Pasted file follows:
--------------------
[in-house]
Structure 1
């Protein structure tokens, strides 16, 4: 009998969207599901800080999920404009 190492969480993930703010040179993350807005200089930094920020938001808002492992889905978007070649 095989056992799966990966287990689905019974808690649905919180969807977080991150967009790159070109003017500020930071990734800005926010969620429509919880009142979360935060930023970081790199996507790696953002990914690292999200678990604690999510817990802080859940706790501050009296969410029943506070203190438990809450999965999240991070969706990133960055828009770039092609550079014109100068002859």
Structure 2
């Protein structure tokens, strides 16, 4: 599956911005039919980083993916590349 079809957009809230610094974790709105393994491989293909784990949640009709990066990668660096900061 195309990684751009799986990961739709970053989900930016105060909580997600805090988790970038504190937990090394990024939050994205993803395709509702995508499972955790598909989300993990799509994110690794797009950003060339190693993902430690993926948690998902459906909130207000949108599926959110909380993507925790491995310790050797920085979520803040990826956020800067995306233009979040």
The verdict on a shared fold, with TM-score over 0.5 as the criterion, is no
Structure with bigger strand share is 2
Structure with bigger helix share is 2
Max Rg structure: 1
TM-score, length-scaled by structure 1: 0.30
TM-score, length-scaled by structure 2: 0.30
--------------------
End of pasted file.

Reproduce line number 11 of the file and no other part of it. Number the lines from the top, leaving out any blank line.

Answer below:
TM-score, length-scaled by structure 2: 0.30